The Fantasy Sports Trade Association (yes, there is such a thing) estimates that 28 million people play fantasy sports.
Assuming that all fantasy players are NFL fans, then about 25% of the NFL's total market also plays fantasy football. Of course, I'd be willing to bet that the amount of revenue generated from that 25% is higher than any other quartile, but we'll touch on that more a bit later.
Now you're going to have to give me a little bit of leeway on this next step here because I'm a bit limited on time and data.
I don't predict that the total NFL market is going to increase that significantly over the next 10 or 20 years because the viewership in Super Bowls has not increased significantly in the past 30. Many of the Super Bowls in the 80s have outperformed some of the recent Super Bowls. That is not to say I don't think it will grow, but rather that the growth will be moderate.
This also makes a bit of sense when you think about it. The NFL is already the most popular sport in America, so it is more difficult to grow at an rapid rate. This explains the NFL's interest in playing games in the UK and Canada, as the US market is probably fairly saturated.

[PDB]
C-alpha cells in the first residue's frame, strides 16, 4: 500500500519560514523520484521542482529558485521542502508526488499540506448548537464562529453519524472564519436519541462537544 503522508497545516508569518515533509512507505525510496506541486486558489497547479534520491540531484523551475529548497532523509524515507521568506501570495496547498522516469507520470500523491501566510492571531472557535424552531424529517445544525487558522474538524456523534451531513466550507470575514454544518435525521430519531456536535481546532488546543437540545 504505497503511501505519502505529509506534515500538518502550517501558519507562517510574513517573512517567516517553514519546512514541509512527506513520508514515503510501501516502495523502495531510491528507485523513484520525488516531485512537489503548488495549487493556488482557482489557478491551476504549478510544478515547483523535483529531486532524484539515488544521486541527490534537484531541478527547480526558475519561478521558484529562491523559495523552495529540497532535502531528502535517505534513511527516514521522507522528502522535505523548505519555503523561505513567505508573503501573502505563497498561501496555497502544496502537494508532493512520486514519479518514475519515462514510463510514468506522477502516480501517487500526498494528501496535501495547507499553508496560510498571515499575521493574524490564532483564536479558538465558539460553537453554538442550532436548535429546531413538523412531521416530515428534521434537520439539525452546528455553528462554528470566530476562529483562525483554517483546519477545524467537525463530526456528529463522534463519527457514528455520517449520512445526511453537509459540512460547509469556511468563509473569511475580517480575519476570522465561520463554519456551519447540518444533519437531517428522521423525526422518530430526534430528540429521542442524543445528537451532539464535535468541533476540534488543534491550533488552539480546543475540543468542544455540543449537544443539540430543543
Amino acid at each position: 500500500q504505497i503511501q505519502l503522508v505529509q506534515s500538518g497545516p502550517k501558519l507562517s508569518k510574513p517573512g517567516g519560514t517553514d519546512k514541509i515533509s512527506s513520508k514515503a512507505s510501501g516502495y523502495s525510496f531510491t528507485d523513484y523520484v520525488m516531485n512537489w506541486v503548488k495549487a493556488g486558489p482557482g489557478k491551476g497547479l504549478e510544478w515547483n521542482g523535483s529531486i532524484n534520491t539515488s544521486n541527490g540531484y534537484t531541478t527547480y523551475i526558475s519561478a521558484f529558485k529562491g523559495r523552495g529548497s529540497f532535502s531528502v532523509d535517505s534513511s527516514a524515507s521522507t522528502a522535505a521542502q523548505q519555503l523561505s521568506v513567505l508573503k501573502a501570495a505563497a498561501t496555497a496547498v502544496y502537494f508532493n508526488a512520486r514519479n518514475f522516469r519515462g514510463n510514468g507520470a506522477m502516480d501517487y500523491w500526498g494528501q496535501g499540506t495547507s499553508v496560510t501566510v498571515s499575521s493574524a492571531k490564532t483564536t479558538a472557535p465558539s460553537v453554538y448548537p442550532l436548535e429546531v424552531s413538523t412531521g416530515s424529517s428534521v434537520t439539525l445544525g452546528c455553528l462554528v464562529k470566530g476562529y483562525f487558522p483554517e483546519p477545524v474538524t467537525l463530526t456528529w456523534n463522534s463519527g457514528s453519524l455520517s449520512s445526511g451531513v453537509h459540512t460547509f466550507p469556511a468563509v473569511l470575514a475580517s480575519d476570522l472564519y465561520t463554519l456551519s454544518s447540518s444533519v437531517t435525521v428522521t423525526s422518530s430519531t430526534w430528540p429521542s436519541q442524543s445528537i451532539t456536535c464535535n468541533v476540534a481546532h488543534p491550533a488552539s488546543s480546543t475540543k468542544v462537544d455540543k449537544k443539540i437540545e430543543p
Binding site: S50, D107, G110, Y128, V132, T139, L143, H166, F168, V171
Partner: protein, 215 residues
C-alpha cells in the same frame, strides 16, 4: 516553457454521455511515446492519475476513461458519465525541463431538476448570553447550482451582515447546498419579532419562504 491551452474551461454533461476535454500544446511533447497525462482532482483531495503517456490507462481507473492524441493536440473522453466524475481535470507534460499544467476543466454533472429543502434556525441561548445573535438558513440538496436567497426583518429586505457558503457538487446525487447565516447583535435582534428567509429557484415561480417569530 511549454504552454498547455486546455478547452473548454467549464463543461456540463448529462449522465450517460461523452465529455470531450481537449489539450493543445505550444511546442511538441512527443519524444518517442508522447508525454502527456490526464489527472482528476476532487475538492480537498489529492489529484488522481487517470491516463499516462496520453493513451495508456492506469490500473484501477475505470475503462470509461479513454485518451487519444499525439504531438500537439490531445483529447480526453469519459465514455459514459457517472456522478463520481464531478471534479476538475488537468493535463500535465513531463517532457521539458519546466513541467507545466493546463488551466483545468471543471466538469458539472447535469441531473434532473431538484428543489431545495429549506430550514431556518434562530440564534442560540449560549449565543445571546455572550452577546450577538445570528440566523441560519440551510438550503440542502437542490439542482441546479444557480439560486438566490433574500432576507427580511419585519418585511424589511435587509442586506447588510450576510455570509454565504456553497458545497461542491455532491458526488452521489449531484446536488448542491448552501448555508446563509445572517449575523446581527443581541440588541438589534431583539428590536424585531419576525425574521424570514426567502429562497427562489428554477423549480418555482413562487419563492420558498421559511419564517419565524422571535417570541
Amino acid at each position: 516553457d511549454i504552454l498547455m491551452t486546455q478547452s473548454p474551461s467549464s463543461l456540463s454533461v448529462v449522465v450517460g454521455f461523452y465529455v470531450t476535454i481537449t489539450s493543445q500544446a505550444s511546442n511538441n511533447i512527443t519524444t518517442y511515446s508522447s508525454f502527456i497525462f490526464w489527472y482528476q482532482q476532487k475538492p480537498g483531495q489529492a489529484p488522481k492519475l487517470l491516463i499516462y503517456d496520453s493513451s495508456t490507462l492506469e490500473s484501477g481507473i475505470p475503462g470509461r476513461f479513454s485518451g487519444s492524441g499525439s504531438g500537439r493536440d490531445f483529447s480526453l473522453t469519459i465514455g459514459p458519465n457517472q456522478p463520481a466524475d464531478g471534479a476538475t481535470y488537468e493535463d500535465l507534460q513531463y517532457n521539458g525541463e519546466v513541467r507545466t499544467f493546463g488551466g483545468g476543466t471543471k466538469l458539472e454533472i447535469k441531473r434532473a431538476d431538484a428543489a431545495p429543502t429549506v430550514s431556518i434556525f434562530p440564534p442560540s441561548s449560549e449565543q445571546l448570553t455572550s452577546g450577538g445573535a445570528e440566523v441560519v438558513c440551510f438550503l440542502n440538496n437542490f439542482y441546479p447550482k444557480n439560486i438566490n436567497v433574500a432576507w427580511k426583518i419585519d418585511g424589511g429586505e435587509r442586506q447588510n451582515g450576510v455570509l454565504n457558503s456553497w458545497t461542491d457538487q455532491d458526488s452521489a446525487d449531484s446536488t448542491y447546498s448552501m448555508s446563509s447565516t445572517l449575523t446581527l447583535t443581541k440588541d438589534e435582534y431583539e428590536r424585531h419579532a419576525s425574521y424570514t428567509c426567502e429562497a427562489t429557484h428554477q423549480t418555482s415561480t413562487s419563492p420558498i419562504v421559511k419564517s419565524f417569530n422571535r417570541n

Compare that, then, to the fantasy football market. The Fantasy Sports Trade Association estimated that in 2003 only 15 million people were playing fantasy football. That means that the market has increased nearly 100% in the past 8 years.
Regardless of whether you buy my argument on the rate of growth of the NFL market, I think it's fairly safe to say that it hasn't doubled in that same time fame. Therefore, regardless of whether you buy my estimate of the NFL market at all, the argument that the percentage of NFL fans that play fantasy football is growing at a much greater rate than the total NFL market is fairly sound. Now, I don't expect the fantasy market growth to be linear, but I wouldn't be surprised if it continues to grow significantly for a few more years.